7. Anticonvulsants: Altered trazodone metabolism (e.g., phenytoin, carbamazepine).
  8. Warfarin: Increased risk of bleeding.
  9. Digoxin: Increased blood levels of digoxin, potentially leading to toxicity.
 

Trazodone Controlled Substance Classification

Trazodone is not classified as a controlled substance. This means it is not considered to have a high potential for abuse or addiction compared to controlled substances like opioids or benzodiazepines. However, it still requires a prescription from a healthcare provider for use.

 

What is Ambien?

Ambien, the brand name for zolpidem, is a prescription medication primarily used to treat insomnia. It belongs to a class of drugs known as sedative-hypnotics. Ambien works by slowing down brain activity, helping individuals fall asleep more quickly and stay asleep longer. It is typically prescribed for short-term use due to the risk of dependency and potential side effects, which can include dizziness, daytime drowsiness, and complex sleep-related behaviors like sleepwalking or sleep driving.

 

Ambien Types and Dosages

Ambien (zolpidem) is available in several forms and dosages:

Forms:

  1. Immediate-release tablets: Designed to help you fall asleep.
  2. Extended-release tablets (Ambien CR): Designed to help you fall asleep and stay asleep.
  3. Sublingual tablets (Edluar, Intermezzo): Dissolve under the tongue for quick absorption.
  4. Oral spray (Zolpimist): Sprayed into the mouth for quick absorption.

 

Common Dosages:

  1. Immediate-release tablets:
    • Standard dose: 10 mg for adults.
    • Lower dose: 5 mg for older adults or those with liver impairment.
  2. Extended-release tablets (Ambien CR):
    • Standard dose: 12.5 mg for adults.
    • Lower dose: 6.25 mg for older adults or those with liver impairment.
  3. Sublingual tablets:
    • Edluar: 5 mg or 10 mg.
    • Intermezzo: 1.75 mg for women and 3.5 mg for men (used for middle-of-the-night awakenings).
  4. Oral spray:
    • Zolpimist: 5 mg per spray, typically 1-2 sprays as needed.

 

Dosages may vary based on individual factors, and it’s important to follow a healthcare provider’s instructions.

 

Ambien Dosage Guidelines

  1. Immediate-release tablets:
    • Adults: 10 mg before bedtime.
    • Older adults or those with liver impairment: 5 mg before bedtime.
  2. Extended-release tablets (Ambien CR):
    • Adults: 12.5 mg before bedtime.
    • Older adults or those with liver impairment: 6.25 mg before bedtime.
  3. Sublingual tablets (Edluar):
    • 5 mg or 10 mg before bedtime.
  4. Sublingual tablets (Intermezzo):
    • Women: 1.75 mg for middle-of-the-night awakenings.
    • Men: 3.5 mg for middle-of-the-night awakenings.
  5. Oral spray (Zolpimist):
    • 5 mg per spray, typically 1-2 sprays before bedtime.

 

Always follow a healthcare provider’s specific instructions when using Ambien.

 

Ambien Uses

Ambien (zolpidem) is primarily used for:

  1. Insomnia: To help people fall asleep quickly and stay asleep.
  2. Sleep Initiation: Immediate-release forms help with falling asleep.
  3. Sleep Maintenance: Extended-release forms help with staying asleep through the night.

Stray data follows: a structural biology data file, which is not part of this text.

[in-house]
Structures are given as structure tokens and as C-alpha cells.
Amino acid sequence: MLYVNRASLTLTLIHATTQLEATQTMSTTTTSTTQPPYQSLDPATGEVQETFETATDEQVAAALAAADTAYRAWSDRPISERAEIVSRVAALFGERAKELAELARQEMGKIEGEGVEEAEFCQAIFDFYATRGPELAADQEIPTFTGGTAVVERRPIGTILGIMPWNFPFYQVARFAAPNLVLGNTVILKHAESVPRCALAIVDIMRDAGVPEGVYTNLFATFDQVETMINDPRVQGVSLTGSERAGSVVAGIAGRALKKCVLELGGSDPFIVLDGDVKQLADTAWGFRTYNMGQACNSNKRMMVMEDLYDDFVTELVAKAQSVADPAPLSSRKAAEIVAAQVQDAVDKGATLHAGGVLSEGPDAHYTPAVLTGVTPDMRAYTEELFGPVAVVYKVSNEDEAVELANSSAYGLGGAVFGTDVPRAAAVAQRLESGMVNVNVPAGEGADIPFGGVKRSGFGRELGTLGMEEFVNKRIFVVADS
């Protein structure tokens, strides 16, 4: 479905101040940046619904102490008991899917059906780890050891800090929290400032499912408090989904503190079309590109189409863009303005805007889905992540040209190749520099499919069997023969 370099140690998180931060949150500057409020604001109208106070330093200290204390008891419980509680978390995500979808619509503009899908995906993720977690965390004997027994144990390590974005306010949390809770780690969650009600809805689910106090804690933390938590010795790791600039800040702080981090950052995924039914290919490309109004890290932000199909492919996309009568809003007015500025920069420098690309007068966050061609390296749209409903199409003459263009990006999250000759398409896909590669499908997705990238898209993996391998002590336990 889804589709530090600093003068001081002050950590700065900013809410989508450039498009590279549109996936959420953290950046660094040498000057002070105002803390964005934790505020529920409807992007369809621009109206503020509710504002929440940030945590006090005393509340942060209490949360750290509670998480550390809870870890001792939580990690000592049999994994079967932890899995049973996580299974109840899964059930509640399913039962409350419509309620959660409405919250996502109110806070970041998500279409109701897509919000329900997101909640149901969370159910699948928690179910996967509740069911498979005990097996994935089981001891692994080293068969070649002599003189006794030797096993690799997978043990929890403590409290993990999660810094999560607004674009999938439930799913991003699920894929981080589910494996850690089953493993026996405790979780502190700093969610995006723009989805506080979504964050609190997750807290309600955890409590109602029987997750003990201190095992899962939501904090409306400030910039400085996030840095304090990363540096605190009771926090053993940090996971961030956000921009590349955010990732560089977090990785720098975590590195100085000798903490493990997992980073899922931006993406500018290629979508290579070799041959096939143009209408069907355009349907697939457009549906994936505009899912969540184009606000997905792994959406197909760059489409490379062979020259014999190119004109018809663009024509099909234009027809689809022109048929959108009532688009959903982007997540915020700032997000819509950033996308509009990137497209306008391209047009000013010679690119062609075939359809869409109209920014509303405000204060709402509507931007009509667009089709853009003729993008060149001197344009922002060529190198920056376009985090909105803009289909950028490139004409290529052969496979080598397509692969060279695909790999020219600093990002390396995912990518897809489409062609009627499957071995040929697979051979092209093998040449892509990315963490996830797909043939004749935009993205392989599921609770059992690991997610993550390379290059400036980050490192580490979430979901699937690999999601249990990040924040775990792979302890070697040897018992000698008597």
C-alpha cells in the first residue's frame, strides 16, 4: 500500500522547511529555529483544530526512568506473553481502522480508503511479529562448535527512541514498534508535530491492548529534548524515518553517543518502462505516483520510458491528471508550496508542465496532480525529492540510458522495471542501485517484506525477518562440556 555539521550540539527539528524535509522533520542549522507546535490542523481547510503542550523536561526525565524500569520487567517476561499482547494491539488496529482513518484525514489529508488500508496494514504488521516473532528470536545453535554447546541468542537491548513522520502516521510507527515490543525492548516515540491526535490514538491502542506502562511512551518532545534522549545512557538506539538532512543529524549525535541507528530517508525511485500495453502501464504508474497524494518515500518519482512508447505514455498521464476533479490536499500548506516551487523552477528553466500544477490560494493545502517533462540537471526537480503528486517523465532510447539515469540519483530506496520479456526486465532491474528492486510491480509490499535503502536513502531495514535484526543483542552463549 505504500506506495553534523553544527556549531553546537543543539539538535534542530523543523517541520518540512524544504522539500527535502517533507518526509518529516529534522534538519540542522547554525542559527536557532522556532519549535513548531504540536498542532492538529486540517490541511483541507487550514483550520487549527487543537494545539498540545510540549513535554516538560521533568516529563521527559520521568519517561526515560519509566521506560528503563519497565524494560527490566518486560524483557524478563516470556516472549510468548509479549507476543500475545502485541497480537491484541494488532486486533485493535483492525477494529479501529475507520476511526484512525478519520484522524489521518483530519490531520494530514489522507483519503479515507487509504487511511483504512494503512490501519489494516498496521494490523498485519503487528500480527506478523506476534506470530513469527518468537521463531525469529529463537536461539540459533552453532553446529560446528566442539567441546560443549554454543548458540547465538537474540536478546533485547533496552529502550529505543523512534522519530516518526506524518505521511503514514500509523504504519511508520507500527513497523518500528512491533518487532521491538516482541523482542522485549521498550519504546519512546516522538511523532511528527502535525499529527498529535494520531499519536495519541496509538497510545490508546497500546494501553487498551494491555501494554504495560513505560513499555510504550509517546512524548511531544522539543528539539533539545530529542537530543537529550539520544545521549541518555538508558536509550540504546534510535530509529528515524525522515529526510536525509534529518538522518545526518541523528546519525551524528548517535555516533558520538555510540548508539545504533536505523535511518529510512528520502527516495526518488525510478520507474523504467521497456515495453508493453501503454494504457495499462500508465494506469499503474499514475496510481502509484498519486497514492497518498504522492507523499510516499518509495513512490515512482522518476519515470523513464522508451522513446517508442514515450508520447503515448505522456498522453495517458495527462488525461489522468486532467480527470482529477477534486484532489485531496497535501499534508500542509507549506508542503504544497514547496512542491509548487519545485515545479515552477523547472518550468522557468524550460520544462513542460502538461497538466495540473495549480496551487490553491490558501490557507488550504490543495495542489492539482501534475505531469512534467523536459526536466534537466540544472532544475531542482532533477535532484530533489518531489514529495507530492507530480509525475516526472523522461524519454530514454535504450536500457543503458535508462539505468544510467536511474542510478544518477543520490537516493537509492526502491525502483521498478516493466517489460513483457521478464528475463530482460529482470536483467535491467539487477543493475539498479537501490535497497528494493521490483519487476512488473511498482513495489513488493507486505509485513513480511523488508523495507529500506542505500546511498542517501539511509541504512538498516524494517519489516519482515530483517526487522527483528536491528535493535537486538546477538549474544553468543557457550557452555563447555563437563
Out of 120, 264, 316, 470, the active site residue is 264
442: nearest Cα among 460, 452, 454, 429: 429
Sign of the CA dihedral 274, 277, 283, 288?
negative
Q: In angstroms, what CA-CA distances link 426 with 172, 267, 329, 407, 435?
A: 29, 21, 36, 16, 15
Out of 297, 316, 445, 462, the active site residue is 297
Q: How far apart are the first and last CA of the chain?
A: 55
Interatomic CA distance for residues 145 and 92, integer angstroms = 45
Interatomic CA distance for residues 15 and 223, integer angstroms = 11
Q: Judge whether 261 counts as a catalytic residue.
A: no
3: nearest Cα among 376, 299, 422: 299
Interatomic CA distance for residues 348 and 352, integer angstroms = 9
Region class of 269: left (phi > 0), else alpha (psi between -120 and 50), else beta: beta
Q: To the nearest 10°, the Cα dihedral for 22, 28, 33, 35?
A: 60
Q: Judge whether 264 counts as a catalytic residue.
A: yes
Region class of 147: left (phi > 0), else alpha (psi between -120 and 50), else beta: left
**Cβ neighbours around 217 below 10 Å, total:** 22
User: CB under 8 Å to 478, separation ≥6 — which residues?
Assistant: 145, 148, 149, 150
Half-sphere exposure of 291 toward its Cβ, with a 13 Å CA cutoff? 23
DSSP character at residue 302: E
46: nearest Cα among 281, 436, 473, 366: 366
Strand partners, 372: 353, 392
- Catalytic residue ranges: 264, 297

4. Middle-of-the-night Awakenings: Sublingual tablets like Intermezzo address waking up in the middle of the night.
 

How Long Does Ambien Stay in Your System?

Ambien (zolpidem) has a half-life of approximately 2 to 3 hours. This means it takes about 2 to 3 hours for half of the drug to be eliminated from the body. Due to this half-life, Ambien is typically cleared from the system within 10 to 14 hours, though this can vary based on individual factors such as metabolism, age, and overall health.

Ambien Onset and Duration

  • Onset: Ambien typically begins to work within 15 to 30 minutes after ingestion.
  • Duration: The effects of immediate-release Ambien generally last for about 6 to 8 hours, helping to ensure a full night’s sleep. Extended-release formulations (Ambien CR) have a longer duration, lasting through the night to help with both sleep initiation and maintenance.

 

It is important to take Ambien right before going to bed to avoid the risk of performing activities while not fully awake.

 

How Long is Ambien Detected in Your System?

Ambien (zolpidem) can be detected in the system for varying durations depending on the type of test used:

  1. Urine: Detectable for up to 24-48 hours after the last dose.
  2. Blood: Detectable for about 6-20 hours after the last dose.
  3. Saliva: Detectable for up to 8 hours after the last dose.
  4. Hair: Detectable for up to several weeks to months, though hair tests for Ambien are less common.

 

The exact duration can vary based on individual factors such as metabolism, dosage, frequency of use, and overall health.

 

How Does Ambien Work in the Brain and Body?

Ambien (zolpidem) works by enhancing the activity of gamma-aminobutyric acid (GABA), a neurotransmitter in the brain. Here’s how it functions:

  1. GABA Enhancement: Ambien binds to GABA receptors, specifically the GABA-A subtype, which increases the inhibitory effects of GABA. This leads to a calming effect on the brain.
  2. Sedative Effects: By enhancing GABA activity, Ambien slows down brain activity, promoting sedation and helping individuals fall asleep more quickly.
  3. Short-Term Action: Ambien’s design allows for quick onset and relatively short duration, which helps to induce sleep without lingering effects the next day, making it effective for treating insomnia.